Expert says Government “cowering” over flooding issue
The fight for Foynes: GFS says they saved town €2 million this weekend.
By Elizabeth Doherty
THE country is yet again counting the cost – human and financial to the flooding in the wake of Storm Desmond’s ire – but shouldn’t the state be proactive to prevent such wide scale effects?
The storm caused road closures, power outages and flooding across the country, with Donegal, Kerry, Mayo, Cork and Galway, all affected.
One flooding expert says the Irish Government is not taking enough action – and is merely “paying lip service,” to the issue.
Photos emerged over the weekend of a pub in Donegal half submerged along with the rest of a village street and of a donkey being rescued from rising flood water in Kerry.
The army was even called to evacuate an elderly couple from their home near Glenflesk, Co Kerry.
And motorists were forced to abandon their vehicles as waters rose.
But floods are not a new phenomenon to Ireland anymore – and in the last decade they have been occurring more often.
Yet it seems the state is not placing enough resources in to addressing, what has now become a national urgency.
Shane Curran, co-founder of Global Flood Solutions, is part of a very successful company defending communities across the world against flooding.
But while former GAA Roscommon goalkeeper Shane, stands at the forefront of building the answer to flooding – it seems the Irish Government is yet to take on board the solution.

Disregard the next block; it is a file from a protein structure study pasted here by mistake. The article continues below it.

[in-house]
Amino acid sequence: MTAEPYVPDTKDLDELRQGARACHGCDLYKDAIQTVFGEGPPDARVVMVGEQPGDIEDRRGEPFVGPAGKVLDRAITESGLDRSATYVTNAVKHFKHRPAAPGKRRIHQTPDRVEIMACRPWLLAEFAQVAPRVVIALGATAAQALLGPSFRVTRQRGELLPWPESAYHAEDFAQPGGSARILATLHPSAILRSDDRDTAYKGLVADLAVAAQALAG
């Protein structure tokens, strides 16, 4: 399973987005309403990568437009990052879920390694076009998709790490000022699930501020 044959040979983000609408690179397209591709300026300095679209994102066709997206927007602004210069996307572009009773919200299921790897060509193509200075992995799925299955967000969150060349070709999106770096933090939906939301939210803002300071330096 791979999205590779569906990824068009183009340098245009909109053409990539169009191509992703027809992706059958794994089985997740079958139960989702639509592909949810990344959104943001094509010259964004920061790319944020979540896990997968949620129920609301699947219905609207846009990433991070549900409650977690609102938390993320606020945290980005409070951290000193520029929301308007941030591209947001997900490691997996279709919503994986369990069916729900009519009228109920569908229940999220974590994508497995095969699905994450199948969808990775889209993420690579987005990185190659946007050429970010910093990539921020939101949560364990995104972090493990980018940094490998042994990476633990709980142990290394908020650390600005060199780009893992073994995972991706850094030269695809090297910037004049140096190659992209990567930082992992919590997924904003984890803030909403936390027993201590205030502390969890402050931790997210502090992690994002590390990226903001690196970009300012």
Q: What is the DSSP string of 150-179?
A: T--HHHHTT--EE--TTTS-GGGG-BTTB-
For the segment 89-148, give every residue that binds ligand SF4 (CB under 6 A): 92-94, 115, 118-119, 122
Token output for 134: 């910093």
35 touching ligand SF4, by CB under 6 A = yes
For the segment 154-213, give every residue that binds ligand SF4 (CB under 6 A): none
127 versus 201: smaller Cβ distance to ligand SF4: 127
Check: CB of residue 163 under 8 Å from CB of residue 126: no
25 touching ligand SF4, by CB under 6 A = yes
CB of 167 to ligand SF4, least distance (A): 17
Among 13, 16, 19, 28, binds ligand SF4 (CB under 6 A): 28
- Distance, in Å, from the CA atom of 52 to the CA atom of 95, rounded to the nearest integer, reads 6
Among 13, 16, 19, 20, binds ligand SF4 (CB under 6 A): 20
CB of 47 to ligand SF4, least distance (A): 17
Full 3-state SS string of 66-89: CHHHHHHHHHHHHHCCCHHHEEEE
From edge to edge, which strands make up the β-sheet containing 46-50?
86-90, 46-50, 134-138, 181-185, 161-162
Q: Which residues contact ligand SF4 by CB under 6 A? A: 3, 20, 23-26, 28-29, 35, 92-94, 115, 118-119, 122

GFS has provided flood defence to parts of Africa, Canada, the U.S and UK, but is has only been requested to assist once in Ireland.
“The Government needs to take control, to streamline effective flood control measures. Unfortunately too much lip service is paid to effective mitigating control measures,” Shane said.
“This could be done very effectively by taking a pro active and business like approach to deploy effective barriers.
“Government or agencies of the state have little experience of flooding and its nature,” Shane said.
“Cowering behind reports that will have little or no impact is how they deal with severe flooding issues.
“There is currently no plan to effectively resource councils with the armory to fight flood occurrences.
“There are many ways our company and products could effectively help the state and reduce the issues currently been experienced by people, businesses and infrastructure around the country.
Last year flooding also caused problems in Dublin, across Santry, Malahide, Drumcondra, and in other areas.
And in 2013, flooding also struck the Irish capital and swept across the country. In 2012, Cork and Belfast suffered heavy flooding.
Last year a European Commission report warned that the cost of sea flooding would increase from €996m to almost €3bn in Ireland and the UK.
Figures released last year also showed that flooding had resulted in insurers paying almost €750m in claims since 2000.
“Preparing effectively with products that can alleviate flood issues is the first step and I would also say we need an efficient mechanism to deploy effective barriers to cope with these frequent problems,” Shane said.